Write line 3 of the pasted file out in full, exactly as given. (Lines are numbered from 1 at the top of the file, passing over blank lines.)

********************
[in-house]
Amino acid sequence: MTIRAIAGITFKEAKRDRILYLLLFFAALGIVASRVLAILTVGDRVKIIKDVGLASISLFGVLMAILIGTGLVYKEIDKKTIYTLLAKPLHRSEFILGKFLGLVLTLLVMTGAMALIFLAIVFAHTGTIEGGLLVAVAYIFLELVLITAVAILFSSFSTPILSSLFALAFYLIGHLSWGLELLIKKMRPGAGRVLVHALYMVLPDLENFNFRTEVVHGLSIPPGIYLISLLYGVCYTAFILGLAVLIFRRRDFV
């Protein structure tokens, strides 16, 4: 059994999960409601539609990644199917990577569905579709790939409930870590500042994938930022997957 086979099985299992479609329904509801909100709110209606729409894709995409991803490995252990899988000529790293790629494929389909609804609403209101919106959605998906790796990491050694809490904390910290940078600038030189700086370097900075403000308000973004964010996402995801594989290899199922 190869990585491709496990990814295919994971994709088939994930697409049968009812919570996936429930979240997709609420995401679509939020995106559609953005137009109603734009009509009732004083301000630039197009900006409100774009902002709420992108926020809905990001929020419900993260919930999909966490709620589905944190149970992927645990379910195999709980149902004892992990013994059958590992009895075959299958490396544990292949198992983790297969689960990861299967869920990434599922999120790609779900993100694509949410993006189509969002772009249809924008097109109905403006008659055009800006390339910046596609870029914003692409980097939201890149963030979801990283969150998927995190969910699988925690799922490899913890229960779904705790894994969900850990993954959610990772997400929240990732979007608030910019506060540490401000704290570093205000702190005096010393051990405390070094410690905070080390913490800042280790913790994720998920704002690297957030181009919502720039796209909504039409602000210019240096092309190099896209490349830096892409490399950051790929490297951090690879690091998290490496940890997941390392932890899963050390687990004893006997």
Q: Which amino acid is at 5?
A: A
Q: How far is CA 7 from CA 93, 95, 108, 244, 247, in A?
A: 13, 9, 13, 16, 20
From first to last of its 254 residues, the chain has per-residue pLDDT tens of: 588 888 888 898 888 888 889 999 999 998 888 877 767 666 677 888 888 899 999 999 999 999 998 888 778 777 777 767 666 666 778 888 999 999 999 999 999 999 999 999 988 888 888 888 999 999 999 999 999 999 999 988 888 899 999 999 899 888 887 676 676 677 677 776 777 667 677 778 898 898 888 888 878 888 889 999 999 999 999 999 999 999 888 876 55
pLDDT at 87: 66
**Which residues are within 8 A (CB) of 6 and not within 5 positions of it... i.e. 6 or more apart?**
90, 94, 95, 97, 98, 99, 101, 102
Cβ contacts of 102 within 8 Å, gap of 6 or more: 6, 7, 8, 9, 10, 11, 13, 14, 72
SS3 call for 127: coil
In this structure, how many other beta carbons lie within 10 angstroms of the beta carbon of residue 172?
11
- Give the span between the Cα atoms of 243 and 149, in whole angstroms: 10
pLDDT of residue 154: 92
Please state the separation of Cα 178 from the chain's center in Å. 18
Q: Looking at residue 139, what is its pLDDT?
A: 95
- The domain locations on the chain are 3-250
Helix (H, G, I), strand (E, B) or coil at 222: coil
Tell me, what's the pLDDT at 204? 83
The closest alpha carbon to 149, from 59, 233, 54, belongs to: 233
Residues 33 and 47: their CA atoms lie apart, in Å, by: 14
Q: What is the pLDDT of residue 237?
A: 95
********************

């Protein structure tokens, strides 16, 4: 059994999960409601539609990644199917990577569905579709790939409930870590500042994938930022997957 086979099985299992479609329904509801909100709110209606729409894709995409991803490995252990899988000529790293790629494929389909609804609403209101919106959605998906790796990491050694809490904390910290940078600038030189700086370097900075403000308000973004964010996402995801594989290899199922 190869990585491709496990990814295919994971994709088939994930697409049968009812919570996936429930979240997709609420995401679509939020995106559609953005137009109603734009009509009732004083301000630039197009900006409100774009902002709420992108926020809905990001929020419900993260919930999909966490709620589905944190149970992927645990379910195999709980149902004892992990013994059958590992009895075959299958490396544990292949198992983790297969689960990861299967869920990434599922999120790609779900993100694509949410993006189509969002772009249809924008097109109905403006008659055009800006390339910046596609870029914003692409980097939201890149963030979801990283969150998927995190969910699988925690799922490899913890229960779904705790894994969900850990993954959610990772997400929240990732979007608030910019506060540490401000704290570093205000702190005096010393051990405390070094410690905070080390913490800042280790913790994720998920704002690297957030181009919502720039796209909504039409602000210019240096092309190099896209490349830096892409490399950051790929490297951090690879690091998290490496940890997941390392932890899963050390687990004893006997």